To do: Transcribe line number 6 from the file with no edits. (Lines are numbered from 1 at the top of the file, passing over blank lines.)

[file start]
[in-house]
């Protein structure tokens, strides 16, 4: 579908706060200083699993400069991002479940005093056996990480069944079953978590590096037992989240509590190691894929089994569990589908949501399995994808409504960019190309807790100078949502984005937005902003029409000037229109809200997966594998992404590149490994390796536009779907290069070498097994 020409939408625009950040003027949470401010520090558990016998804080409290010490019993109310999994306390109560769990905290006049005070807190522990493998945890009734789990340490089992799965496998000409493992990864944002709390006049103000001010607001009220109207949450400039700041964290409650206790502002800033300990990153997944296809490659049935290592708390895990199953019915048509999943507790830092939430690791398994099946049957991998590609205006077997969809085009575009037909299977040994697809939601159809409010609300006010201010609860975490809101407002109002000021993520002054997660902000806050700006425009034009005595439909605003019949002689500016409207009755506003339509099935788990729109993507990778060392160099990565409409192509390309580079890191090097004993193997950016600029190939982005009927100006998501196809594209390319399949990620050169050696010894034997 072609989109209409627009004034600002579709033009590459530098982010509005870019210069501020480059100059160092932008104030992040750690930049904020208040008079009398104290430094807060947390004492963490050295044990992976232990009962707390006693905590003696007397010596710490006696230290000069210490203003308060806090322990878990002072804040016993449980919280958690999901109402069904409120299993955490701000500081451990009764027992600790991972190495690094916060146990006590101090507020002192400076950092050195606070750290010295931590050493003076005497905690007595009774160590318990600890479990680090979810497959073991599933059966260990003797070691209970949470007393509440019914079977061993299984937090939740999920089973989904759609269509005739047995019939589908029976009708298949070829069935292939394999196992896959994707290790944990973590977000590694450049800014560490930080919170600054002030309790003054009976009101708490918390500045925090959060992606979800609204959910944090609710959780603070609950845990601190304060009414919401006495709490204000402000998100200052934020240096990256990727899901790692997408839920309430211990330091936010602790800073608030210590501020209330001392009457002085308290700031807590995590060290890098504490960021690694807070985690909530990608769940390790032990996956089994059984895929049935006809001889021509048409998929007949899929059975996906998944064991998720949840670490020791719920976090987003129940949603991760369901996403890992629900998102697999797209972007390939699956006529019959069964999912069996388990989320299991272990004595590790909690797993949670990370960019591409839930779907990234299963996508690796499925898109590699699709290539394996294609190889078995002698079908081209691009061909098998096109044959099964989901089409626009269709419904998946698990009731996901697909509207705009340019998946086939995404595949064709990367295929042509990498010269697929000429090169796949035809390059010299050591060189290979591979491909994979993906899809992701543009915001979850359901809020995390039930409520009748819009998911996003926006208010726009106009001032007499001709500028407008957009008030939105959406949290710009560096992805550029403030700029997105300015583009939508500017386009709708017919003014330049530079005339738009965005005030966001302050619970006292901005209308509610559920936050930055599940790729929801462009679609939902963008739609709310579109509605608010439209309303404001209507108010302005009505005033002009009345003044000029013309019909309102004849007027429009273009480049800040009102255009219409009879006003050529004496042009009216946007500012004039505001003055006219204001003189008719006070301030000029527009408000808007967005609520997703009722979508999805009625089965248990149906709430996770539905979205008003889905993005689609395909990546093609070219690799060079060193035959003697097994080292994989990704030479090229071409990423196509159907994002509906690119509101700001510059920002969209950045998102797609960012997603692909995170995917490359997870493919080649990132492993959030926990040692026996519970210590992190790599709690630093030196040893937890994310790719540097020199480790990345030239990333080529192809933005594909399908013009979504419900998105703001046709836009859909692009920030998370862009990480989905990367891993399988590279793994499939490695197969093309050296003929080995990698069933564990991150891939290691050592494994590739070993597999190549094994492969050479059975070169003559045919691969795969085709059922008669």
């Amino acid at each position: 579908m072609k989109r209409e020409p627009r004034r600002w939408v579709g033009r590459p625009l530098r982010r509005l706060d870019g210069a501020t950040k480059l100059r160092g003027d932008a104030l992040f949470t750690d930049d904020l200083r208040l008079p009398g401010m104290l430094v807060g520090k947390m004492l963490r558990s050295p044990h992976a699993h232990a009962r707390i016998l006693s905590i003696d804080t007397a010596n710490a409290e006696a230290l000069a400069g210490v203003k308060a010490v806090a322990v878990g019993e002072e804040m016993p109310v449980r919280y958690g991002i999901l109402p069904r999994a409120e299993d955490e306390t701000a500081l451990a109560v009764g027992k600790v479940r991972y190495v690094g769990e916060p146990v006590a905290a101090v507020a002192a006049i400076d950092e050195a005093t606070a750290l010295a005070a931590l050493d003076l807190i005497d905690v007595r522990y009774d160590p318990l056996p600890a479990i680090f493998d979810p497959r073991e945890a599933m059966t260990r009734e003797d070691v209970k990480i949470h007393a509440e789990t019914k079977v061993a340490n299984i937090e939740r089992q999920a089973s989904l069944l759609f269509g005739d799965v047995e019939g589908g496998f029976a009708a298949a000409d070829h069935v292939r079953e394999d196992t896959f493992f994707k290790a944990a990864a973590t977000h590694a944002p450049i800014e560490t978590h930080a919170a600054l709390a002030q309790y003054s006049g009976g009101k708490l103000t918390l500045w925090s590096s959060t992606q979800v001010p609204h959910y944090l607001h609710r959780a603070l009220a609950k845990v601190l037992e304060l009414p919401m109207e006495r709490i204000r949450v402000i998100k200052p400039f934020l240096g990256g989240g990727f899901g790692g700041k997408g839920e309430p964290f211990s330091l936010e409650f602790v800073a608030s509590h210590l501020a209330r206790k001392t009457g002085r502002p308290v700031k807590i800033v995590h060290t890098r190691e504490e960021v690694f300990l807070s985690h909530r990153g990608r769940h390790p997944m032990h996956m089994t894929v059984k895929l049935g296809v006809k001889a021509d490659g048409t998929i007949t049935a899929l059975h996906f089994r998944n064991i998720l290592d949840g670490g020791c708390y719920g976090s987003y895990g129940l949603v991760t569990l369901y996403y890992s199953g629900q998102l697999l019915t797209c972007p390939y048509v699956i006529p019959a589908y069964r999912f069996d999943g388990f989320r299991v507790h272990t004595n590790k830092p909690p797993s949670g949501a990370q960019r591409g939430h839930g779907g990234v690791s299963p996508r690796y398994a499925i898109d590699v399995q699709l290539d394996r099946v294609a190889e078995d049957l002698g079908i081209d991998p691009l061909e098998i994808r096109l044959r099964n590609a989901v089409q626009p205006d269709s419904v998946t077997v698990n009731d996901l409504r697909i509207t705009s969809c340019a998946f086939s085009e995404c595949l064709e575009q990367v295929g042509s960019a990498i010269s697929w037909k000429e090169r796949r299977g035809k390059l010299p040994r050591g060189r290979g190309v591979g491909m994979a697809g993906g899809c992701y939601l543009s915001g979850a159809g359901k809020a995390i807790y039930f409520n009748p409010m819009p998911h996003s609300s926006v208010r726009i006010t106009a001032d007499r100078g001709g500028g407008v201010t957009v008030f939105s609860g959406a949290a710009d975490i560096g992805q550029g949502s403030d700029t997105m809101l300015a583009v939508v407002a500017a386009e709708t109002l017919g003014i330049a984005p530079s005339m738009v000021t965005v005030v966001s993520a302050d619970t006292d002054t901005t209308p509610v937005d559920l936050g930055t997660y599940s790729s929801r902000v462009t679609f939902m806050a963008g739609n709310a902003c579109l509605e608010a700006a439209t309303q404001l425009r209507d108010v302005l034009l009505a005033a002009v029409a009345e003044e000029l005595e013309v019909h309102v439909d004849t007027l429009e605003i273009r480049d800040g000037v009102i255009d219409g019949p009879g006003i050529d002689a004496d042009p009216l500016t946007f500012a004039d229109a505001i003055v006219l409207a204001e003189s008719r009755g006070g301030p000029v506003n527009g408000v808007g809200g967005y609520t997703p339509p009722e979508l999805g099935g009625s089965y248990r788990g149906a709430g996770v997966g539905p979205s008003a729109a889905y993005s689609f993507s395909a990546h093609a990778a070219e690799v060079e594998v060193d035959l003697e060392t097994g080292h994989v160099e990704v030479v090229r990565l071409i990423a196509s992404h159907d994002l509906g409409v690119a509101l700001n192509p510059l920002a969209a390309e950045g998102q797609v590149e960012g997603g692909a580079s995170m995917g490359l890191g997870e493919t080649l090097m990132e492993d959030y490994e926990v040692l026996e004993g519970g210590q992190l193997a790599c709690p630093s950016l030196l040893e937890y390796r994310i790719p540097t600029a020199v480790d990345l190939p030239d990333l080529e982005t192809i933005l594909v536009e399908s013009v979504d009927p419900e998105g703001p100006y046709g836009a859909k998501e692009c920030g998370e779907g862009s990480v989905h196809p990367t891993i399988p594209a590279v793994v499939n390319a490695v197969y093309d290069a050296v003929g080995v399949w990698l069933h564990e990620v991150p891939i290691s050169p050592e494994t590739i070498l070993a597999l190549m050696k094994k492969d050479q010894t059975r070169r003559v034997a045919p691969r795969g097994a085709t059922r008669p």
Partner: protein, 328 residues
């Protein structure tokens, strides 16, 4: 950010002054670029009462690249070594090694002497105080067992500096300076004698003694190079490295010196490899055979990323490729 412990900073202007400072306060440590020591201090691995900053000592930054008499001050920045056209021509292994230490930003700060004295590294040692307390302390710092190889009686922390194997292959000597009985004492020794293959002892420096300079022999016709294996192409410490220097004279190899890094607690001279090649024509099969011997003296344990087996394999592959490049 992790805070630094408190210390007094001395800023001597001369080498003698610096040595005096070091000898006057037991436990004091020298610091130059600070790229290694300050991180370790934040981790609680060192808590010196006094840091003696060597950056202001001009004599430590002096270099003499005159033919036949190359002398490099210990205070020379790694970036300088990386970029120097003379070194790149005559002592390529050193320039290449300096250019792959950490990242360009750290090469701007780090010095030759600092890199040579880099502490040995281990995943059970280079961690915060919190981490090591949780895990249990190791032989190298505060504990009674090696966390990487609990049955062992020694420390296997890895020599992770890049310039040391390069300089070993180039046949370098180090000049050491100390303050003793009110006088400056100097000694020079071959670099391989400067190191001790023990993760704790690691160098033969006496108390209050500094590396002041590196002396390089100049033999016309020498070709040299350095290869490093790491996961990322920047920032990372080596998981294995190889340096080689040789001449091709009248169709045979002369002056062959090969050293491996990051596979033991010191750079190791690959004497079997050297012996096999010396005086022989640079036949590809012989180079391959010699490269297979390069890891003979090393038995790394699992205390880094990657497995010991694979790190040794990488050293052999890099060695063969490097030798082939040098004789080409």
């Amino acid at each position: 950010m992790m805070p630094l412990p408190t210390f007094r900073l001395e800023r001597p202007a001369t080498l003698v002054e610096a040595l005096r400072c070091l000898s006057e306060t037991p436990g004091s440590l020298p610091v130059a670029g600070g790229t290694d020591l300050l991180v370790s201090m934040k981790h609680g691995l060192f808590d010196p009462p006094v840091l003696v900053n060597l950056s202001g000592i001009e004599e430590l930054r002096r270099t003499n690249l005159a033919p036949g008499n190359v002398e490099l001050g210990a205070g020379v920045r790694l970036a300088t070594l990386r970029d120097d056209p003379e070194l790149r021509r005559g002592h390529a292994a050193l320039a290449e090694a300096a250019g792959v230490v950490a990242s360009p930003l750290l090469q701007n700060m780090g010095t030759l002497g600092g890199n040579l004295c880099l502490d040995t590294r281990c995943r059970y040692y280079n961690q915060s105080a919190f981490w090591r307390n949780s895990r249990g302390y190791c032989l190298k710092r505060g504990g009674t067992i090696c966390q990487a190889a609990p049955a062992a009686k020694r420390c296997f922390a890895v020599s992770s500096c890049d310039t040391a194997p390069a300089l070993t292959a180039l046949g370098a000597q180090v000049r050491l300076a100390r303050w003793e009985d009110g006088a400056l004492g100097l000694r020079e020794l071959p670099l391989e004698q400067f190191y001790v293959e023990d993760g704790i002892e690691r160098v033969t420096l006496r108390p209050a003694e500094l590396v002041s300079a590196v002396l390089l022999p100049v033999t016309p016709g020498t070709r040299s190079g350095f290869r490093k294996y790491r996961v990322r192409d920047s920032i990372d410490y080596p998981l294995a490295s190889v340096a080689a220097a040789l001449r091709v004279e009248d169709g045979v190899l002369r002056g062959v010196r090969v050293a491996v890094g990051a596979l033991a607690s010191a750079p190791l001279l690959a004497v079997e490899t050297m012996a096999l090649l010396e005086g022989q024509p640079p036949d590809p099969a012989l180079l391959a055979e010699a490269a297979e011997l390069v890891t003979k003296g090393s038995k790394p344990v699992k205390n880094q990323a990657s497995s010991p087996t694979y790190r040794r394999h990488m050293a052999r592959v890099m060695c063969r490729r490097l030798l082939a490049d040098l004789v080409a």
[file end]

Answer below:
């Amino acid at each position: 950010m992790m805070p630094l412990p408190t210390f007094r900073l001395e800023r001597p202007a001369t080498l003698v002054e610096a040595l005096r400072c070091l000898s006057e306060t037991p436990g004091s440590l020298p610091v130059a670029g600070g790229t290694d020591l300050l991180v370790s201090m934040k981790h609680g691995l060192f808590d010196p009462p006094v840091l003696v900053n060597l950056s202001g000592i001009e004599e430590l930054r002096r270099t003499n690249l005159a033919p036949g008499n190359v002398e490099l001050g210990a205070g020379v920045r790694l970036a300088t070594l990386r970029d120097d056209p003379e070194l790149r021509r005559g002592h390529a292994a050193l320039a290449e090694a300096a250019g792959v230490v950490a990242s360009p930003l750290l090469q701007n700060m780090g010095t030759l002497g600092g890199n040579l004295c880099l502490d040995t590294r281990c995943r059970y040692y280079n961690q915060s105080a919190f981490w090591r307390n949780s895990r249990g302390y190791c032989l190298k710092r505060g504990g009674t067992i090696c966390q990487a190889a609990p049955a062992a009686k020694r420390c296997f922390a890895v020599s992770s500096c890049d310039t040391a194997p390069a300089l070993t292959a180039l046949g370098a000597q180090v000049r050491l300076a100390r303050w003793e009985d009110g006088a400056l004492g100097l000694r020079e020794l071959p670099l391989e004698q400067f190191y001790v293959e023990d993760g704790i002892e690691r160098v033969t420096l006496r108390p209050a003694e500094l590396v002041s300079a590196v002396l390089l022999p100049v033999t016309p016709g020498t070709r040299s190079g350095f290869r490093k294996y790491r996961v990322r192409d920047s920032i990372d410490y080596p998981l294995a490295s190889v340096a080689a220097a040789l001449r091709v004279e009248d169709g045979v190899l002369r002056g062959v010196r090969v050293a491996v890094g990051a596979l033991a607690s010191a750079p190791l001279l690959a004497v079997e490899t050297m012996a096999l090649l010396e005086g022989q024509p640079p036949d590809p099969a012989l180079l391959a055979e010699a490269a297979e011997l390069v890891t003979k003296g090393s038995k790394p344990v699992k205390n880094q990323a990657s497995s010991p087996t694979y790190r040794r394999h990488m050293a052999r592959v890099m060695c063969r490729r490097l030798l082939a490049d040098l004789v080409a």